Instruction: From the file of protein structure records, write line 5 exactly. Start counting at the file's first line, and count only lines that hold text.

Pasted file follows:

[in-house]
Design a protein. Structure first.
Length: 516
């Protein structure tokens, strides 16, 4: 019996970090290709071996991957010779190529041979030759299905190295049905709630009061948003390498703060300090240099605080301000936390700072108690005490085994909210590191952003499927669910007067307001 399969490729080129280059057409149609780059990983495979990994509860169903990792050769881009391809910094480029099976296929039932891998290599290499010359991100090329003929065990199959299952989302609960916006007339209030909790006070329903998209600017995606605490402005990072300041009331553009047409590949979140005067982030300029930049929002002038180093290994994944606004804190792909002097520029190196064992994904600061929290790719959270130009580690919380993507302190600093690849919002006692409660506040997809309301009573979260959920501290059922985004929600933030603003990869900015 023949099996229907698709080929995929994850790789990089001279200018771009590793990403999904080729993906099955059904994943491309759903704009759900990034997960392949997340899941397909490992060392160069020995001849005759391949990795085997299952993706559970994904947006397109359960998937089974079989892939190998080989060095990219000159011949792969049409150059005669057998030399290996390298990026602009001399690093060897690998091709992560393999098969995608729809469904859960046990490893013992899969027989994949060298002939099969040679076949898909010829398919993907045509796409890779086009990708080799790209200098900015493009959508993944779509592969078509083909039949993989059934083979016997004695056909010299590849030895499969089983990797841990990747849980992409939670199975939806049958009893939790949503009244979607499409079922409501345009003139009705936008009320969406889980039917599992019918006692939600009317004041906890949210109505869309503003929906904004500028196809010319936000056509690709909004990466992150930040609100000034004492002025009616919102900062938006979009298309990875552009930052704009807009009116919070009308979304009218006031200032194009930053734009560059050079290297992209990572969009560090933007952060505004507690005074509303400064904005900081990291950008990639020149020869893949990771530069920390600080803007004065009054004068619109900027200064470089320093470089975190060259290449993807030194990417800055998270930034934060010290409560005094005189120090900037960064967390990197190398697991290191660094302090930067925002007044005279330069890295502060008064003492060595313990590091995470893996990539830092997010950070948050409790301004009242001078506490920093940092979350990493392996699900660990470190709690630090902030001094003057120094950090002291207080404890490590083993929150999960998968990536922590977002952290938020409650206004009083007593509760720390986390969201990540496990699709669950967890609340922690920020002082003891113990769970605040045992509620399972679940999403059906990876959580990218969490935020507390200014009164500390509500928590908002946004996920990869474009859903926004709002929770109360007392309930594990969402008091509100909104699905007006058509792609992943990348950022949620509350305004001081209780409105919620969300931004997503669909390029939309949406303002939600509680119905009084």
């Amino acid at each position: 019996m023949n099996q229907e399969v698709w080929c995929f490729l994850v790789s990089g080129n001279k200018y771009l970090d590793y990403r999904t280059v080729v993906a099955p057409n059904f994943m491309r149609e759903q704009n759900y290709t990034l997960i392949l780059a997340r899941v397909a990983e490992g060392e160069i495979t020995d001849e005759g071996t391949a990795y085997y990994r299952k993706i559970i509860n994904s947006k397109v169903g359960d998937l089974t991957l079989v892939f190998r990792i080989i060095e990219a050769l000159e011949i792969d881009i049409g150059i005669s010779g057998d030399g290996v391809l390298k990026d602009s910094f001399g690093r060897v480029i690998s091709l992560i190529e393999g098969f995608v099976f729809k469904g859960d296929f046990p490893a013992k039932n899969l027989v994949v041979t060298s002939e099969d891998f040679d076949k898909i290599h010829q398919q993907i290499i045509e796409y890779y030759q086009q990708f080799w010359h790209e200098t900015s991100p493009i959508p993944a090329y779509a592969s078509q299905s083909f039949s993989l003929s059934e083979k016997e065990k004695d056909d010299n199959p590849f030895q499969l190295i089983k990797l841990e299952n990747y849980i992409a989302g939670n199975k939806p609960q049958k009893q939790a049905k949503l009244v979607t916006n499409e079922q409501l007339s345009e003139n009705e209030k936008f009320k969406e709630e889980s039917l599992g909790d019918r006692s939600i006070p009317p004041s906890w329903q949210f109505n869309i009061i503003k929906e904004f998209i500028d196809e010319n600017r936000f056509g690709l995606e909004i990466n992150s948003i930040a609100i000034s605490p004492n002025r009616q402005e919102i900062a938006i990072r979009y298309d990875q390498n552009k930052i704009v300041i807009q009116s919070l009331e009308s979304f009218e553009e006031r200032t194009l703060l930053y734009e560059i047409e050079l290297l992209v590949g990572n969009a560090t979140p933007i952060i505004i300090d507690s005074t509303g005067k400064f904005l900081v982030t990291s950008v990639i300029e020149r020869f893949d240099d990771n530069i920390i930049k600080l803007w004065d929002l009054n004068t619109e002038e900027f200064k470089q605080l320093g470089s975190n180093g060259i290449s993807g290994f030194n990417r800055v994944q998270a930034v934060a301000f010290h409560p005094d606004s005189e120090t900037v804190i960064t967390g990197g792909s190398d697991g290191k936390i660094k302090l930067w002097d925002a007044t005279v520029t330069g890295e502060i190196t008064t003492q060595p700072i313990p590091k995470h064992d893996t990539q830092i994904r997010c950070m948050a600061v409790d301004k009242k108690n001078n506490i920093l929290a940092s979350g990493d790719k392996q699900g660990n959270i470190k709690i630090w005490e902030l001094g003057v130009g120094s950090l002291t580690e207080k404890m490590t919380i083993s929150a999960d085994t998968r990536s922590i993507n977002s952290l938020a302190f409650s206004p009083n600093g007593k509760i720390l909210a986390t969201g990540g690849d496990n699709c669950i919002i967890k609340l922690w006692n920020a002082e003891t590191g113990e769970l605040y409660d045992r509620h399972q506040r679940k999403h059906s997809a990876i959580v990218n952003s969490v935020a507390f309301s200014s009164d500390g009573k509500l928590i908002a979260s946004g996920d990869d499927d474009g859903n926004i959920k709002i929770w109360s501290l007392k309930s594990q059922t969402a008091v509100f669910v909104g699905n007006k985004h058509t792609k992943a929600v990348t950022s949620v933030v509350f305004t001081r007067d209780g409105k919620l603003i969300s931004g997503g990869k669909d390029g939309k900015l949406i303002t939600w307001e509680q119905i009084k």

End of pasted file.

């Amino acid at each position: 019996m023949n099996q229907e399969v698709w080929c995929f490729l994850v790789s990089g080129n001279k200018y771009l970090d590793y990403r999904t280059v080729v993906a099955p057409n059904f994943m491309r149609e759903q704009n759900y290709t990034l997960i392949l780059a997340r899941v397909a990983e490992g060392e160069i495979t020995d001849e005759g071996t391949a990795y085997y990994r299952k993706i559970i509860n994904s947006k397109v169903g359960d998937l089974t991957l079989v892939f190998r990792i080989i060095e990219a050769l000159e011949i792969d881009i049409g150059i005669s010779g057998d030399g290996v391809l390298k990026d602009s910094f001399g690093r060897v480029i690998s091709l992560i190529e393999g098969f995608v099976f729809k469904g859960d296929f046990p490893a013992k039932n899969l027989v994949v041979t060298s002939e099969d891998f040679d076949k898909i290599h010829q398919q993907i290499i045509e796409y890779y030759q086009q990708f080799w010359h790209e200098t900015s991100p493009i959508p993944a090329y779509a592969s078509q299905s083909f039949s993989l003929s059934e083979k016997e065990k004695d056909d010299n199959p590849f030895q499969l190295i089983k990797l841990e299952n990747y849980i992409a989302g939670n199975k939806p609960q049958k009893q939790a049905k949503l009244v979607t916006n499409e079922q409501l007339s345009e003139n009705e209030k936008f009320k969406e709630e889980s039917l599992g909790d019918r006692s939600i006070p009317p004041s906890w329903q949210f109505n869309i009061i503003k929906e904004f998209i500028d196809e010319n600017r936000f056509g690709l995606e909004i990466n992150s948003i930040a609100i000034s605490p004492n002025r009616q402005e919102i900062a938006i990072r979009y298309d990875q390498n552009k930052i704009v300041i807009q009116s919070l009331e009308s979304f009218e553009e006031r200032t194009l703060l930053y734009e560059i047409e050079l290297l992209v590949g990572n969009a560090t979140p933007i952060i505004i300090d507690s005074t509303g005067k400064f904005l900081v982030t990291s950008v990639i300029e020149r020869f893949d240099d990771n530069i920390i930049k600080l803007w004065d929002l009054n004068t619109e002038e900027f200064k470089q605080l320093g470089s975190n180093g060259i290449s993807g290994f030194n990417r800055v994944q998270a930034v934060a301000f010290h409560p005094d606004s005189e120090t900037v804190i960064t967390g990197g792909s190398d697991g290191k936390i660094k302090l930067w002097d925002a007044t005279v520029t330069g890295e502060i190196t008064t003492q060595p700072i313990p590091k995470h064992d893996t990539q830092i994904r997010c950070m948050a600061v409790d301004k009242k108690n001078n506490i920093l929290a940092s979350g990493d790719k392996q699900g660990n959270i470190k709690i630090w005490e902030l001094g003057v130009g120094s950090l002291t580690e207080k404890m490590t919380i083993s929150a999960d085994t998968r990536s922590i993507n977002s952290l938020a302190f409650s206004p009083n600093g007593k509760i720390l909210a986390t969201g990540g690849d496990n699709c669950i919002i967890k609340l922690w006692n920020a002082e003891t590191g113990e769970l605040y409660d045992r509620h399972q506040r679940k999403h059906s997809a990876i959580v990218n952003s969490v935020a507390f309301s200014s009164d500390g009573k509500l928590i908002a979260s946004g996920d990869d499927d474009g859903n926004i959920k709002i929770w109360s501290l007392k309930s594990q059922t969402a008091v509100f669910v909104g699905n007006k985004h058509t792609k992943a929600v990348t950022s949620v933030v509350f305004t001081r007067d209780g409105k919620l603003i969300s931004g997503g990869k669909d390029g939309k900015l949406i303002t939600w307001e509680q119905i009084k």